Kansas Professional Licensing Attorney Explains The Kansas Board Of Healing Arts Sanction Guidelines-Part Three Of Four

The Kansas Board of Healing Arts (“the Board”) in 2008 released guidelines for disciplinary sanctions. The Board broke the guidelines down into ten general categories of ethical violations.  The guidelines explain the various categories of ethical violations and the rationale for the proposed sanctions.  The Board follows the guidelines when devising a sanction for an ethical violation. However, these are not set in stone. The Board specifically retained their discretion to sanction to the extent allowed by law. Therefore, the guidelines are suggestions for sanctions. Notwithstanding, a licensee must be aware of the potential penalties they may suffer if the Board finds them in responsible for an ethical violation. If you find yourself in that situation, Kansas professional licensing attorney Danielle Sanger will use the guidelines to obtain the best result for your situation.

This article discusses the sixth through tenth categories of ethical violations. A previous article discusses categories one through five. The sixth category of ethical violations is concerned with advertising.  The First Amendment to the United States Constitution protects the licensee’s right to free speech.  Advertising is a protected form of speech.   Freedom of speech does not extend to false, misleading, or deceptive claims. While the advertising technique of
puffing is permitted, factual misrepresentations must be sanctioned. The Board recommends that sanctions for making factual misrepresentations include remediation, deterring future errors, and a punitive sanction such as a fine.  The Board considers false advertising that is confusing to patients rather than leading to potential physical or monetary harm is “less serious.”

The seventh category of ethical violations relates to the lack of fitness to practice a healing art. Impairments affect the licensee’s ability to practice with “reasonable skill and safety.” Impairments include drug and alcohol abuse in addition to mental and physical limitations. The Board will look to the practitioner to provide insight into the condition when fashioning an appropriate sanction.  The guidelines indicate that the Board will look more favorably upon a practitioner who seeks help for their condition. Addressing the impairment is the goal of the sanction, however, accomplishing that goal may result in suspension during the licensee’s rehabilitation period.  In treating practitioners who are cooperative and seek treatment differently, the Board’s policy that referral to a treatment facility or monitoring is not disciplinary action if the sole reason is a treatment for impairment.  The Board encourages its members to seek treatment and therefore the action is not considered a sanction. Notwithstanding, the Board will consider any available sanction for a licensee who is uncooperative or when “uninterrupted practice endangers the public.”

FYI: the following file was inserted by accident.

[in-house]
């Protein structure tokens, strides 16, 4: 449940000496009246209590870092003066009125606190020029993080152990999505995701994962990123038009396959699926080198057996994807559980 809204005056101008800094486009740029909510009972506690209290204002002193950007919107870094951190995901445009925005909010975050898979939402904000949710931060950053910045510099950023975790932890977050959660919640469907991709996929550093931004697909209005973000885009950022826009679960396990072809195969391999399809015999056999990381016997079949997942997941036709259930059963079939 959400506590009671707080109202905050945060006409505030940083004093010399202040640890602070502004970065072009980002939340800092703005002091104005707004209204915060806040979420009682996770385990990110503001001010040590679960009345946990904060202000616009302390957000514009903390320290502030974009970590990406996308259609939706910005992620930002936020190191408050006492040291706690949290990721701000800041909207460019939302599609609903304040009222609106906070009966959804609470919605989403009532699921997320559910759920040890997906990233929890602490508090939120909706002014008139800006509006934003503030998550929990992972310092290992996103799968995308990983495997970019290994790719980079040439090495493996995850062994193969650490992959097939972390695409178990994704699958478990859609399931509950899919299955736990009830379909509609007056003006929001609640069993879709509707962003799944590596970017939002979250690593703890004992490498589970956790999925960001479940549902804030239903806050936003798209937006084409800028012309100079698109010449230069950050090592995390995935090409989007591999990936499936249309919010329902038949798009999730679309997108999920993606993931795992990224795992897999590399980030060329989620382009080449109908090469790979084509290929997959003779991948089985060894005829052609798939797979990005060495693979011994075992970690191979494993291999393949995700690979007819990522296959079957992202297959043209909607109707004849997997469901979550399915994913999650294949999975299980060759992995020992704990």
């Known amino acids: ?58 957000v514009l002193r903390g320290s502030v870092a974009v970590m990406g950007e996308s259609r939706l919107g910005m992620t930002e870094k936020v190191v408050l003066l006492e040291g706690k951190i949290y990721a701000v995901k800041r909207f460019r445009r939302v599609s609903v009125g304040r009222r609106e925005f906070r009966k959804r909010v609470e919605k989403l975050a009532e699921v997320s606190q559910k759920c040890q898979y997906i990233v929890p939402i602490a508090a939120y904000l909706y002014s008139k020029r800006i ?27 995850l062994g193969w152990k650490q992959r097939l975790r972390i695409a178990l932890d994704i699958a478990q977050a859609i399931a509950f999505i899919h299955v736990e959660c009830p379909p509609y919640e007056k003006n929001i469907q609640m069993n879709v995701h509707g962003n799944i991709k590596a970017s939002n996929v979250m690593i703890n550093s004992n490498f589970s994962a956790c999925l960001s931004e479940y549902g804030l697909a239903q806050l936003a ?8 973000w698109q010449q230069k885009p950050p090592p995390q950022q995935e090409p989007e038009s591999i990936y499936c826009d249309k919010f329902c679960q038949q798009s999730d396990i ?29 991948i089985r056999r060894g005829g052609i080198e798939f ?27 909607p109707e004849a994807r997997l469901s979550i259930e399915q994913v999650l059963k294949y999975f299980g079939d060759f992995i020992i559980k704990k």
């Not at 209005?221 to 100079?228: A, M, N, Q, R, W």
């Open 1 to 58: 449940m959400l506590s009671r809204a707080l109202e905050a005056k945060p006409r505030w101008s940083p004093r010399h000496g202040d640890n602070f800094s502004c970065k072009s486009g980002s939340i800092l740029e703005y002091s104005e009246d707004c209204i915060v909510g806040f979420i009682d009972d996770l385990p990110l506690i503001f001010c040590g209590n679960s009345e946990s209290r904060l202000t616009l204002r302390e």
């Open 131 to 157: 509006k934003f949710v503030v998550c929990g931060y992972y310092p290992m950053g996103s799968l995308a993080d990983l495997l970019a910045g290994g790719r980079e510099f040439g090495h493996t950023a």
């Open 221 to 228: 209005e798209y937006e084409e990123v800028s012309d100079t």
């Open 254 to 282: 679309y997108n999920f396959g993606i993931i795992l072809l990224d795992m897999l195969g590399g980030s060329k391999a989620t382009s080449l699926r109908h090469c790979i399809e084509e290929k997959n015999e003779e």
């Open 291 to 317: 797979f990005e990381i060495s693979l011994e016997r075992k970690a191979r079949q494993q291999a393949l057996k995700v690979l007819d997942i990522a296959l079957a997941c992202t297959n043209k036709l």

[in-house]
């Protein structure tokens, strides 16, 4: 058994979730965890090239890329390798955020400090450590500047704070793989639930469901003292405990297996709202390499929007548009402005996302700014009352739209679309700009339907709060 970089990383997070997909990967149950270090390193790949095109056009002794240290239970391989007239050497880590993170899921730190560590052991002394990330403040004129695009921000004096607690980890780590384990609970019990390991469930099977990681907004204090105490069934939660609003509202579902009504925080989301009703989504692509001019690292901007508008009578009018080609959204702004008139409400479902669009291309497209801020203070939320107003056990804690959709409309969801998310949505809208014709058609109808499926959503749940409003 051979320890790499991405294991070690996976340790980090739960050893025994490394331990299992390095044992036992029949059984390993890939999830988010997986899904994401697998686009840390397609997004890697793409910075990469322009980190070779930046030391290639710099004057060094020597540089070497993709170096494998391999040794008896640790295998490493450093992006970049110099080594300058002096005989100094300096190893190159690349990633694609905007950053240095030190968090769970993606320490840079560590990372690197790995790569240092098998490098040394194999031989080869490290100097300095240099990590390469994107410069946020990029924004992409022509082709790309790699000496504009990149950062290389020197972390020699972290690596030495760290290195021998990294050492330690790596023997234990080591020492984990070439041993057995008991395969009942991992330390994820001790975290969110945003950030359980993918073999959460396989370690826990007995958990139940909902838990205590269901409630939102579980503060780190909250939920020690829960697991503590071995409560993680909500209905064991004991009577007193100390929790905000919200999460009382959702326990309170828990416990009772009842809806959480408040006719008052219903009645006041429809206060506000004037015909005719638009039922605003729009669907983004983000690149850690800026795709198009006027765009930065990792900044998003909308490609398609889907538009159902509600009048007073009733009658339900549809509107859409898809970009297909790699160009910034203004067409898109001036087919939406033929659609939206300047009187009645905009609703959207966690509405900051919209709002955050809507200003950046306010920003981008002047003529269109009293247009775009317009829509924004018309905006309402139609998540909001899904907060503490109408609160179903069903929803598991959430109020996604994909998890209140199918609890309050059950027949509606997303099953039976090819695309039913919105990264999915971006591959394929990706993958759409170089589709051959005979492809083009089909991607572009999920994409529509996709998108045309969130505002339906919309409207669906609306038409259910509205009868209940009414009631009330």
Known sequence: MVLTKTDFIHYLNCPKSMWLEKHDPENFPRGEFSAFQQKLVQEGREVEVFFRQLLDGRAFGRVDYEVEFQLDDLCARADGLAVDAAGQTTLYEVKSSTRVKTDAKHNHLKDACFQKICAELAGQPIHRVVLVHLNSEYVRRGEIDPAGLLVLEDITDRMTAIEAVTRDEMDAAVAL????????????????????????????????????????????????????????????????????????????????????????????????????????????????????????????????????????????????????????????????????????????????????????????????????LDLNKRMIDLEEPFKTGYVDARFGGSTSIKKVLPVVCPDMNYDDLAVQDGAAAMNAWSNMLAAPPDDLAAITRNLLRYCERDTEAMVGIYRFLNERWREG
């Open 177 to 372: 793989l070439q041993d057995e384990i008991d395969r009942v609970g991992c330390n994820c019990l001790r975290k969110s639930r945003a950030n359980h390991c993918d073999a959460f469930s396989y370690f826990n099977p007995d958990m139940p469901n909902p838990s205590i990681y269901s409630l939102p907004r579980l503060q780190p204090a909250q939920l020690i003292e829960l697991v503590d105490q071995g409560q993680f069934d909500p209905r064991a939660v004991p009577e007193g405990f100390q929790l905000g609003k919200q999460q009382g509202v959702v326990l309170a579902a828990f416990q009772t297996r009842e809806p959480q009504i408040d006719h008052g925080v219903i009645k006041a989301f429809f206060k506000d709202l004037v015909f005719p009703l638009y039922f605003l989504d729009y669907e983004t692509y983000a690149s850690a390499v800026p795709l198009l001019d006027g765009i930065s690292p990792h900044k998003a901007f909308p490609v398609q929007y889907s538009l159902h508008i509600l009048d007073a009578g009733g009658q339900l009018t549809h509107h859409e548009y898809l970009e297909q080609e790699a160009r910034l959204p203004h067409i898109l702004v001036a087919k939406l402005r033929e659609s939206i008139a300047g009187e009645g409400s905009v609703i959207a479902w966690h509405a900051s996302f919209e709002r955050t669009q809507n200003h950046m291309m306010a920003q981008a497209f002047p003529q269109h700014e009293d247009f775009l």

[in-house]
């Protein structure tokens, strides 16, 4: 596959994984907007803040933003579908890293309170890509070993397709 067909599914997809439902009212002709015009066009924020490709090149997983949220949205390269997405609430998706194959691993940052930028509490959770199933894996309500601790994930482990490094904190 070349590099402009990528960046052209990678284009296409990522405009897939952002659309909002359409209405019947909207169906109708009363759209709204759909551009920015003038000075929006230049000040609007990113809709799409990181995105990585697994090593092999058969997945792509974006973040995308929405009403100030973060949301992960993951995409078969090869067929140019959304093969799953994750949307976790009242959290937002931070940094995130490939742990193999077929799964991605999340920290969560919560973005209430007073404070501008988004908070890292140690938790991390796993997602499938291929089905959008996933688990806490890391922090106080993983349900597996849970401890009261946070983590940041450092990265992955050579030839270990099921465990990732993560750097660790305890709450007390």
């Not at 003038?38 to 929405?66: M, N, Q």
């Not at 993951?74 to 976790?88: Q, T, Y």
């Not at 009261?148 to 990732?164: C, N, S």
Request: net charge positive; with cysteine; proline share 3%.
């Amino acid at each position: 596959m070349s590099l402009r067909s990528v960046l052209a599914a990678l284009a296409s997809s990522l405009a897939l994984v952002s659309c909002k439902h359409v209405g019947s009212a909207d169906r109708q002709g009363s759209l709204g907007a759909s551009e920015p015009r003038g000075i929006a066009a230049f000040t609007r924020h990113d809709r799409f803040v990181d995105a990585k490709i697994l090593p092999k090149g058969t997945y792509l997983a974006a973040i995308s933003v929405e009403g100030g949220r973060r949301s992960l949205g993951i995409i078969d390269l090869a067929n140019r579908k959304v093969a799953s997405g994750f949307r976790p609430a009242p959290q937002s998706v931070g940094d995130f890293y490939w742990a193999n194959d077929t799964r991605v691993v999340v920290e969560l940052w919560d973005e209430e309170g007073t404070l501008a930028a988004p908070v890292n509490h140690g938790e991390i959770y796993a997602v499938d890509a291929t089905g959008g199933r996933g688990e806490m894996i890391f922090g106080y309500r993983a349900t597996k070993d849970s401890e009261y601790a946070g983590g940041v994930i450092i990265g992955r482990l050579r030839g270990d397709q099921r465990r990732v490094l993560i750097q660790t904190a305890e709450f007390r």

Administrative requirements are the eighth category of ethical violations. Administrative requirements involve reporting breast examine abnormality, maintaining liability insurance, and posting requirements. The Board levies sanctions for administrative violations by examining the state of mind of the practitioner.

Inappropriate prescribing refers to prescribing medication without a legitimate medical purpose as well as failing to follow prescribing requirements.  The Board determines this category of offense as serious because of the potential health risk involved. The Board cautions practitioners that following the Board’s policies on pain management is distinct from inappropriate prescribing. Furthermore, prescribing medication in a manner that deviates from the standard of care is considered incompetence unless the behavior is criminal in nature. The Board will distinguish behavior that is merely negligent from more deviant behavior when devising sanctions.

The final ethical category is proper maintenance of patient records. Healthcare professionals have a duty to maintain patient records and release them upon patient request.  This category includes unethically releasing private information.   The Board is particularly interested in the pervasiveness of the licensee’s failure to properly maintain patient records when fashioning an appropriate sanction.

Kansas Professional Licensing Attorney Ready to Help

Kansas Professional Licensing Attorney Danielle Sanger is a zealous advocate for professional license holders. Attorney Sanger possesses the skill and expertise to protect your livelihood. Call Attorney Sanger today at 785-979-4353 to schedule your no obligation consultation.